Gulf Voices: Amid dire news about whales, a spark of joy

Students inspired by Calvin and her calf
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By Maureen Kelly

THE ONLY known calving ground for the Northern right whale is located off the coasts of Florida and Georgia. From December through March, pregnant whales migrate from their northern feeding areas to the sheltered waters of the calving ground to give birth. Over the past several years, births have been up in comparison to the 1990s when the species suffered low reproductive rates. Last season, there were 28 newborns.

Nevertheless, the plight of the right whale continues to be dire. This past January, two calves were found dead off the coast of Florida - most likely due to colliding with vessels - bringing the total number of right whale deaths to 11 since February 2004, based on statistics from The Humane Society of the United States. Ship strikes and entanglements in fishing gear are the leading causes of injury and death among right whales. For a population that numbers fewer than 350 individuals, the endangered whales can ill afford to lose any of their members. One resilient whale named Calvin is providing a spark of optimism to those who hope the species will recover from the verge of extinction. She is an inspiration to a group of school-children and their teacher in Castine, Maine, who want to raise awareness about endangered species.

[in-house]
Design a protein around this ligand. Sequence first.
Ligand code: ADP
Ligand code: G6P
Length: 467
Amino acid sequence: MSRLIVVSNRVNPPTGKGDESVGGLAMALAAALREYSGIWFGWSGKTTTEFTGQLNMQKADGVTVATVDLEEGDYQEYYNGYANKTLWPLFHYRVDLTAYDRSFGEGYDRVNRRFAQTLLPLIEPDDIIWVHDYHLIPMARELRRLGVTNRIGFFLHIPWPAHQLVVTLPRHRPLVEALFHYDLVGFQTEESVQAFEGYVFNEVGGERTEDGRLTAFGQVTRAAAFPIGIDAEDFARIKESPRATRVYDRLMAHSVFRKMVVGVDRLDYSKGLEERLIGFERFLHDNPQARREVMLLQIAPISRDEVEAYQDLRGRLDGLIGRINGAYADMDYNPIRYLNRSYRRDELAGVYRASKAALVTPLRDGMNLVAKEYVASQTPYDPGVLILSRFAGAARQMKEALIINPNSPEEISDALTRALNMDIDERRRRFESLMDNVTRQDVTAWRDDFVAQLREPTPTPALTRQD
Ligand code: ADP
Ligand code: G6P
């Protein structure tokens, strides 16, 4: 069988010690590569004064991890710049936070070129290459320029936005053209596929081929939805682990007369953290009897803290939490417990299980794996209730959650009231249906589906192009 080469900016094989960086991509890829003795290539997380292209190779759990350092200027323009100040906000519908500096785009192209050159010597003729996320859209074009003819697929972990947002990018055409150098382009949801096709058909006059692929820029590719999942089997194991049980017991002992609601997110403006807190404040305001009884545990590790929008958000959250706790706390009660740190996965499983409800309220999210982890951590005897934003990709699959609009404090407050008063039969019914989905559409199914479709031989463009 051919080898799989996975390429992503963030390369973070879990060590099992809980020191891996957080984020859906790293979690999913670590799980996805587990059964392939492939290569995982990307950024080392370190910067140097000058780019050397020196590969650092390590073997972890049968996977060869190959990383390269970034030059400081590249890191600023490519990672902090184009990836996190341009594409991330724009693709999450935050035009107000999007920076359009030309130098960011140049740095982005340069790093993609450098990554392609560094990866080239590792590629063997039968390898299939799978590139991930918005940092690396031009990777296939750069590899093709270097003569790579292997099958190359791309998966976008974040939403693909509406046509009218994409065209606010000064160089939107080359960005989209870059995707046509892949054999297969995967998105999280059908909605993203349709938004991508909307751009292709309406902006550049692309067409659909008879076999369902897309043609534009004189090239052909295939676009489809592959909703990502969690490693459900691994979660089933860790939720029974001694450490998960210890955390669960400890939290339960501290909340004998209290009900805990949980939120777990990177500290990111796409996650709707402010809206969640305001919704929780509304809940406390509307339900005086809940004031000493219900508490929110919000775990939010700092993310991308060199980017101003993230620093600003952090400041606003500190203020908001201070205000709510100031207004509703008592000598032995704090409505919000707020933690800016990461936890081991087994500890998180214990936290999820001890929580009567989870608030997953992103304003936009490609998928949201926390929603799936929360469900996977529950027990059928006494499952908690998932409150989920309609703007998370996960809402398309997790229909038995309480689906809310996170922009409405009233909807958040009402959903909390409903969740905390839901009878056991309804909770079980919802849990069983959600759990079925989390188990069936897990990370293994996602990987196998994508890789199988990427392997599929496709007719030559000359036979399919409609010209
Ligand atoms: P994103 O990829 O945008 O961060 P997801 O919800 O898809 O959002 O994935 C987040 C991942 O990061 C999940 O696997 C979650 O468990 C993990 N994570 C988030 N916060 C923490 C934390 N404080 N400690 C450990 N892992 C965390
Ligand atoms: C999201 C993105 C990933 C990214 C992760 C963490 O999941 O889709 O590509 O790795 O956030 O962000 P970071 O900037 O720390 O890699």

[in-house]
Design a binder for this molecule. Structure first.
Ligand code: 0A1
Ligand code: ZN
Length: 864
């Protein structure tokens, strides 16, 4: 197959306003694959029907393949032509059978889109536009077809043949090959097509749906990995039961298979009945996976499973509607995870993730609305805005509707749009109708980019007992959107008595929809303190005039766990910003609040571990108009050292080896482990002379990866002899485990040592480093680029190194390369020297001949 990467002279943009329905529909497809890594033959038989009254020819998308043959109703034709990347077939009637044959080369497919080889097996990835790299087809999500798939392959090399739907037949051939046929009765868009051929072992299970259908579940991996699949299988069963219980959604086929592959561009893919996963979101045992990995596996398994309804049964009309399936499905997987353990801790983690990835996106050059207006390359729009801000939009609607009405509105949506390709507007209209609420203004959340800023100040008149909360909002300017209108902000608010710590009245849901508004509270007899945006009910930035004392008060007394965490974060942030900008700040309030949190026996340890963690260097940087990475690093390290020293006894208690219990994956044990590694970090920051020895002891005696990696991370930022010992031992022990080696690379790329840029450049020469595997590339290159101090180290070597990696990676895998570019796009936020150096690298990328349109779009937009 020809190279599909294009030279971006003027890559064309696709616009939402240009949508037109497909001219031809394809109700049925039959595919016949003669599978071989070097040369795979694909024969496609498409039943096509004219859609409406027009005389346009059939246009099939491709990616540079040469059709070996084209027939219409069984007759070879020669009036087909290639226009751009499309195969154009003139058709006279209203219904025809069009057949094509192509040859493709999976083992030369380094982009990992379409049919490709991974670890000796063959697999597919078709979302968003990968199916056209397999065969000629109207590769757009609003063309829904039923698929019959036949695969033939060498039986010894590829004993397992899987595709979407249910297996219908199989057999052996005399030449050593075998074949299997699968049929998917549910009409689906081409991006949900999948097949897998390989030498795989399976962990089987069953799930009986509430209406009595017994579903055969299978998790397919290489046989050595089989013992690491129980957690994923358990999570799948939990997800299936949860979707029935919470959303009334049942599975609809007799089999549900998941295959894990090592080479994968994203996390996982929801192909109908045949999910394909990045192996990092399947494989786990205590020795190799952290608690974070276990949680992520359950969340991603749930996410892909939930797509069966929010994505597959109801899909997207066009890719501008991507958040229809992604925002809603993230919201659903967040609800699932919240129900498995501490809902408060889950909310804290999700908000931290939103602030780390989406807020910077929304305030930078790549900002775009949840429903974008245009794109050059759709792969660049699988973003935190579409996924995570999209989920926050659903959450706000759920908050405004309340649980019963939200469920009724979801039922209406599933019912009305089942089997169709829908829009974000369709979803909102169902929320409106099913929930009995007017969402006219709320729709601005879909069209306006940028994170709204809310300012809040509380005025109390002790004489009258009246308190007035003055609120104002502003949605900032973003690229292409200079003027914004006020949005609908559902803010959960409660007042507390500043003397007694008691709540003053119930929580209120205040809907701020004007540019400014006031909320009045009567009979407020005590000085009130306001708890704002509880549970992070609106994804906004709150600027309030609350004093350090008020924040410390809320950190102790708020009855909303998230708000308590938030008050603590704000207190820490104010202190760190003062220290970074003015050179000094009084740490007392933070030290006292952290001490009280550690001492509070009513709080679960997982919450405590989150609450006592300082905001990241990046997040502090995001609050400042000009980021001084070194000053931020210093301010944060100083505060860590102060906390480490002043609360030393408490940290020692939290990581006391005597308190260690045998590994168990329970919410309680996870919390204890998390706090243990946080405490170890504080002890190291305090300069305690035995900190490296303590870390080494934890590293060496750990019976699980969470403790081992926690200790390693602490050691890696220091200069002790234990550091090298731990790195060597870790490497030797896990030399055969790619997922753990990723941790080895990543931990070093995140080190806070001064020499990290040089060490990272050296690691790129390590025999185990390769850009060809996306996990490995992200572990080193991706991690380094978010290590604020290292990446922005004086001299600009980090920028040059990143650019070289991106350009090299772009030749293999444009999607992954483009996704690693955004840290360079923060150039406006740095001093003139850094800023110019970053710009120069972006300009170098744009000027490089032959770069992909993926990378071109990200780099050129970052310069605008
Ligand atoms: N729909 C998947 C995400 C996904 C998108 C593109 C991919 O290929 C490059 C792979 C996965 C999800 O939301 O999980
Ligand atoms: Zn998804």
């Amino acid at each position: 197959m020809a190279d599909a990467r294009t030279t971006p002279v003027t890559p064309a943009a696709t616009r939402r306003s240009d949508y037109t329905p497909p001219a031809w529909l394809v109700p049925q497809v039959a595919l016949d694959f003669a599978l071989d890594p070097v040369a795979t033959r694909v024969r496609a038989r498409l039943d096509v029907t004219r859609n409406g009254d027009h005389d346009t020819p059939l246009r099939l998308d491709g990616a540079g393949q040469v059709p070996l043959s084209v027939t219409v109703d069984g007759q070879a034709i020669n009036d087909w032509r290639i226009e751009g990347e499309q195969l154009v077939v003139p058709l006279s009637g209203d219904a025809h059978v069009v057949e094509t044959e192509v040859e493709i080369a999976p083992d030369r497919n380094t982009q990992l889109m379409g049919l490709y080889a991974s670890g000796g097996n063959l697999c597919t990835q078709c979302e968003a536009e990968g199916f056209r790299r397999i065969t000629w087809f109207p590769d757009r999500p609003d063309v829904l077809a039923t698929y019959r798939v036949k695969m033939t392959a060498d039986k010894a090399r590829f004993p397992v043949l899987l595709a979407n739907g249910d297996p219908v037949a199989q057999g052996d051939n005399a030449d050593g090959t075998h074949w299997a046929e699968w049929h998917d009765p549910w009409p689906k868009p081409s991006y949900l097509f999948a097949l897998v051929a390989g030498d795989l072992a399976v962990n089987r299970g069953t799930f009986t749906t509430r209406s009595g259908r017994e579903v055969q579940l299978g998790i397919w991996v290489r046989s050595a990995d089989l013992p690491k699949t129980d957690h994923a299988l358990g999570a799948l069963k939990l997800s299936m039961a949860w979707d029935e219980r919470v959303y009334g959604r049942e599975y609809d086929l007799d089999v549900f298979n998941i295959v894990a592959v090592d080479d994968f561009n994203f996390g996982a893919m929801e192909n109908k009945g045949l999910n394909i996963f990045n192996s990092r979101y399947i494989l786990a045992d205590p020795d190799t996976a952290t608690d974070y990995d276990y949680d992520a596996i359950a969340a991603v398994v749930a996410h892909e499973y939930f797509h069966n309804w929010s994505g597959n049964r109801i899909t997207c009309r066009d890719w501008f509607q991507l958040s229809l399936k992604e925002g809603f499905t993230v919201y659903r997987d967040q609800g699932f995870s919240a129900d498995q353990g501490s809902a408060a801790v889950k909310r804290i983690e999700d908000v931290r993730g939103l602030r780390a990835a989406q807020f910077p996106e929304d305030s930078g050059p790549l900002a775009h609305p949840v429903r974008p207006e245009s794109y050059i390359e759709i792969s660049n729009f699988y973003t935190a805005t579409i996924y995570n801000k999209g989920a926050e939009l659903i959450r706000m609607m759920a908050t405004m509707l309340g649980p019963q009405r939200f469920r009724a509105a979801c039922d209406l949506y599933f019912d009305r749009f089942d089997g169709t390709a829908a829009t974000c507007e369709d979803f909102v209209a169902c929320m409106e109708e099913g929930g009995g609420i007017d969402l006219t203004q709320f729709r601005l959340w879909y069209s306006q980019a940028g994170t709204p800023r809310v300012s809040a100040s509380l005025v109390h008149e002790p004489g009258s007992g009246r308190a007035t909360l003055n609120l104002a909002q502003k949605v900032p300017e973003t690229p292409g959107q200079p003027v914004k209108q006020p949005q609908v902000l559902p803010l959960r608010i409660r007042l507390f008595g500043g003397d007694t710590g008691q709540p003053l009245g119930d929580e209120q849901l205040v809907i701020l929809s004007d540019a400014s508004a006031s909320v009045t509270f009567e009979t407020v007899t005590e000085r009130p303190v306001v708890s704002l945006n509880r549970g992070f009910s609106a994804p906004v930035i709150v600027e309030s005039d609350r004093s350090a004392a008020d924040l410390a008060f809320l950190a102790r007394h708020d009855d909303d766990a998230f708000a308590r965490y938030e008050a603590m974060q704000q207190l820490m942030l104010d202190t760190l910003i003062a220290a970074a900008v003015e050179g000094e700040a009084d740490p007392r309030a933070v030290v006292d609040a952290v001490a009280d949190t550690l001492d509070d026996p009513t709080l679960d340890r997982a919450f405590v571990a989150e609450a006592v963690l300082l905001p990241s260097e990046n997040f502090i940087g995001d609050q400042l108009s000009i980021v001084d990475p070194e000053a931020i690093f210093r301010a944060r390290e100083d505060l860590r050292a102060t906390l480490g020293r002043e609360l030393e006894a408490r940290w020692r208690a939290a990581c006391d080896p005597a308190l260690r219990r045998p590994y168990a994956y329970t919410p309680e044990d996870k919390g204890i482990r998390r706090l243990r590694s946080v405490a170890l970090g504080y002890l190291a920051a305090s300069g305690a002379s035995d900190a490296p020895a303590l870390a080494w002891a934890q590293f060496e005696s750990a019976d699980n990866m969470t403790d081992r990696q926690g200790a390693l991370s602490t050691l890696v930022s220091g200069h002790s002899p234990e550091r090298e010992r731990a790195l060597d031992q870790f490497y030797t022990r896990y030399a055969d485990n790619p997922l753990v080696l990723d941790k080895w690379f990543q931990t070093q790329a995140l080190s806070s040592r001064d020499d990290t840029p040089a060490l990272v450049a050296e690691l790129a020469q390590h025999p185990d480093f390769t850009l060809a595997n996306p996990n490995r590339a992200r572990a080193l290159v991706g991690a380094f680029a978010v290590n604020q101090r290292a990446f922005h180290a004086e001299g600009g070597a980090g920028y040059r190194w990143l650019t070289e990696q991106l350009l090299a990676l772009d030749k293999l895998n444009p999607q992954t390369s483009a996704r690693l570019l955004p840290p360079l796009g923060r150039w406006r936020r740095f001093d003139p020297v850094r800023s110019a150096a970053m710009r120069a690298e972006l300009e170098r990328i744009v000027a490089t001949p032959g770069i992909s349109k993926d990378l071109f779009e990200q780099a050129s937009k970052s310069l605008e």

Bill McWeeny, a grade 6 to 8 science and math teacher at the Adams School who has volunteered with the New England Aquarium’s (NEAq’s) right whale team, designed a curriculum that uses Calvin’s life and right whales as a model to teach about endangered species.

The plucky whale has defied the odds and managed to survive the mishaps at sea that all too often doom whales. Born in 1992, Calvin was only eight months old and still nursing when her mother, Delilah, was struck by a ship in the Bay of Fundy and died. Delilah’s death sparked a successful effort involving scientists, right whale advocates, industry and government agencies to re-route shipping lanes in Bay of Fundy to protect whales.

In an unlikely outcome, the orphaned Calvin survived and returned to the Bay of Fundy the following year. At age nine, she got entangled in fishing gear and trailed line for several months before she got free. Despite her travails, Calvin has lived to become a mother. She brought her first calf to the Bay of Fundy last summer after a swim into the Cape Cod Canal.

McWeeny’s students are testing his curriculum, which, he said, “makes kids reporters.” The students are assigned to research and write several articles about whales’ natural history and habitat, nutrient cycles and food chains, whales’ interactions with humans since the whaling days, and the recovery of the species under the U.S. Endangered Species Act.

The students involved in the program have taken field trips to the NEAq’s research station in Lubec, Maine, and to Grand Manan Island, New Brunswick. Last year, they gave a presentation at a meeting in New Bedford, Massachusetts, of the North Atlantic Right Whale Consortium, a gathering of organizations and individuals working on whale conservation. They received a standing ovation.

The group is working on writing Calvin’s life story, which may become a book. It will be “sophisticated” rather than “cutesy,” McWeeny said, adding that kids get excited about right whales because, like dinosaurs, they are “big, mysterious” animals. But the curriculum can be applied to other species in need of conservation, such as puffins. After this school year, the students will be “ambassadors” for the curriculum and introduce it to other schools in the area.

© 2006 The Gulf of Maine Times